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Wilson v. Prudential Financial


March 1, 2007


The opinion of the court was delivered by: Ricardo M. Urbina United States District Judge

Document No.: 61




The plaintiff, Derek T. Wilson, allegedly lost his offer for at-will employment with Prudential Financial ("Prudential") due to a problematic background check. He brings suit against the company that processed his background check, Carco Group, Inc. ("Carco"), alleging negligence (Count 1) and defamation (Count 2). In an October 18, 2004 Memorandum Opinion, the court granted Carco's motion to dismiss Count 2 of the plaintiff's complaint.

The case is now before the court on Carco's motion for summary judgment as to the remaining negligence count. Because this case concerns matters outside of the "realm of common knowledge and everyday experience," District of Columbia v. White, 442 A.2d 159, 164 (D.C. 1982), the plaintiff must present expert testimony for the fact finder in establishing a prima facie case of negligence. And because the plaintiff has failed to secure expert testimony through discovery, the plaintiff will be unable as a matter of law to prove negligence. Accordingly, the court grants Carco's motion for summary judgment.


A. Factual History

The court discussed the facts of this case in Wilson v. Prudential Fin.,2004 WL 1898290 (D.D.C. Aug. 13, 2004), and, therefore, limits the background information in this opinion to that necessary to resolve the instant motion. Specifically, the plaintiff alleges the following facts: in 2002, Prudential offered the plaintiff a position for at-will employment, and the plaintiff accepted the offer. Compl. ¶¶ 2 and 4. On August 1, 2002, Prudential sent the plaintiff a letter "confirming his acceptance of [Prudential's] offer" and indicating that the offer was contingent on the satisfactory completion of a background-verification process that Prudential expected to take ten days. Id. ¶¶ 5-6, 25.

Carco is a "consumer reporting agency," as defined by the Fair Credit Reporting Act ("FCRA"), 15 U.S.C. § 1681, et seq. Carco's Mot. for Summary Judgment ("Def.'s Mot.") at 3; Pl.'s Opp'n at 2. Prudential retained Carco to complete its background-verification process, and on September 3, 2002, Carco provided Prudential with an investigative consumer report. Compl. ¶¶ 13-14; Def.'s Mot. at 4 (describing Carco's report as a "background verification report").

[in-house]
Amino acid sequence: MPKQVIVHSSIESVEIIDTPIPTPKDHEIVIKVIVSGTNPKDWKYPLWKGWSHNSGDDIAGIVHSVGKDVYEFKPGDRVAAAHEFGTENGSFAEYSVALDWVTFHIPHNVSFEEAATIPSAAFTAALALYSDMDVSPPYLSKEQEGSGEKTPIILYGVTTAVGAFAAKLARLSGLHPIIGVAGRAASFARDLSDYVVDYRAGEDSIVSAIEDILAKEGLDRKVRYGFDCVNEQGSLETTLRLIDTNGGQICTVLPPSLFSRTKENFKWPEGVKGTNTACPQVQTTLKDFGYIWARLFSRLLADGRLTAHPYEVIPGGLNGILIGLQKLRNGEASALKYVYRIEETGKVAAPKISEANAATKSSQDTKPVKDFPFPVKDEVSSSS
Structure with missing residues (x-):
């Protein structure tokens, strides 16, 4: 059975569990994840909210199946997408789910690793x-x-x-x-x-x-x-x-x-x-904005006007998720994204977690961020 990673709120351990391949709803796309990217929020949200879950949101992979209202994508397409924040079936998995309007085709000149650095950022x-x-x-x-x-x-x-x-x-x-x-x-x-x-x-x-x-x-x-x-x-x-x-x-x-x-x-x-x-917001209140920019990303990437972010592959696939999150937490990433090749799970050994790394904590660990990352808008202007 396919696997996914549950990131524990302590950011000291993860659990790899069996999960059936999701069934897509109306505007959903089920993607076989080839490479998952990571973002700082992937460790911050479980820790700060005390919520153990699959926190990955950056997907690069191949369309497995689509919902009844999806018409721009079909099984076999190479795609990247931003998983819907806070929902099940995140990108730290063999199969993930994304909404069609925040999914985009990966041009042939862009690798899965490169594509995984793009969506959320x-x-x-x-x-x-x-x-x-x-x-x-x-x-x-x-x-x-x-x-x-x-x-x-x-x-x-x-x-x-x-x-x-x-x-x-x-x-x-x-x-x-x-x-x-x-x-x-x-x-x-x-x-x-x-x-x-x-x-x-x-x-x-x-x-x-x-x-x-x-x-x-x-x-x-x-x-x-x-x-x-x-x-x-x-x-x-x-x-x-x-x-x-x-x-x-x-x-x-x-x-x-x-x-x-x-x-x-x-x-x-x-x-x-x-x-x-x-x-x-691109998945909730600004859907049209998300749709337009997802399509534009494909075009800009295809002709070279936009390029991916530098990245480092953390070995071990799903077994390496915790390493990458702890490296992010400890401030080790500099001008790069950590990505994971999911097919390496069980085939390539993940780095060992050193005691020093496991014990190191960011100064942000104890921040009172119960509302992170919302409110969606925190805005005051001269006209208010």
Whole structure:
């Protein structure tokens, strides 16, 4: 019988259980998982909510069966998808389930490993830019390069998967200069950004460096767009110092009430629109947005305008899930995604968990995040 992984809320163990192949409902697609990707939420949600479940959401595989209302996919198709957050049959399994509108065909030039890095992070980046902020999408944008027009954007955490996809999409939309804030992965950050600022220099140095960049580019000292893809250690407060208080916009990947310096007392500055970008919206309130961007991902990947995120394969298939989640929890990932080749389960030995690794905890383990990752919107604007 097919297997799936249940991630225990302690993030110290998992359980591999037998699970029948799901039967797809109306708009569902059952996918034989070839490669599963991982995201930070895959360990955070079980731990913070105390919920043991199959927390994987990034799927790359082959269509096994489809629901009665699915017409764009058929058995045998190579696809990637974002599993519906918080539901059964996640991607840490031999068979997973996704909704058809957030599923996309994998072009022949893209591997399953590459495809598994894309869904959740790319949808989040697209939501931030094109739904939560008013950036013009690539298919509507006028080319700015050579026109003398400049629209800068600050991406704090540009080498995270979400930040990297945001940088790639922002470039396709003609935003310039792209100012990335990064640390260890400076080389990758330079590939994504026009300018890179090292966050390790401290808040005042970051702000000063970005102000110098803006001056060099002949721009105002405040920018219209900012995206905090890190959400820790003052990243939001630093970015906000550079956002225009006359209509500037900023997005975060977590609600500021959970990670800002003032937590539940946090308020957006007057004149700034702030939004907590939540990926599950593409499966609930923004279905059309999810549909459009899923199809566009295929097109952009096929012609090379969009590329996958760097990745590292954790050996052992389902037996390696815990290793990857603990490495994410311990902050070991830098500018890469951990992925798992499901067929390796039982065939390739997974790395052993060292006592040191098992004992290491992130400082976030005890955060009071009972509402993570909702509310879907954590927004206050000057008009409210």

Carco's report contained a section on criminal history, and Carco entered the word "pending" in the box correlating to the status of the plaintiff's supposed criminal history in Oklahoma. Compl. ¶ 14. On the same day that Prudential received Carco's report, Prudential sent the plaintiff a copy of the report and a letter denying the plaintiff's application for employment. Id. ¶ 9. Prudential cited an incomplete, unsatisfactory, and untimely background verification as the reason for its denial of the plaintiff's employment. Id. ¶¶ 9-11, 16.

The plaintiff subsequently contacted Oklahoma authorities, who informed the plaintiff that there were no criminal charges pending against him. Id. ¶ 19. The plaintiff also ordered a background check from the Oklahoma State Bureau of Investigation. Id. He learned that although there are persons named "Derek Wilson" and "Derrick Wilson" against whom charges are pending, neither shares the plaintiff's social security number or date of birth. Id. ¶ 20.

On September 5, 2002, the plaintiff informed Carco that his personal history was clear of criminal charges and asked Carco to send an amended report to Prudential. Id. ¶ 21. On September 6, 2002, Carco sent Prudential an amended report indicating that the plaintiff had no criminal charges "pending" against him. Id. ¶ 22. On September 25, 2002, Prudential sent the plaintiff a third letter stating that Prudential was aware that the plaintiff's background was clear and that Prudential would contact the plaintiff "when a suitable position became available." Wilson, 2004 WL 1898290, at *2. Prudential never hired the plaintiff.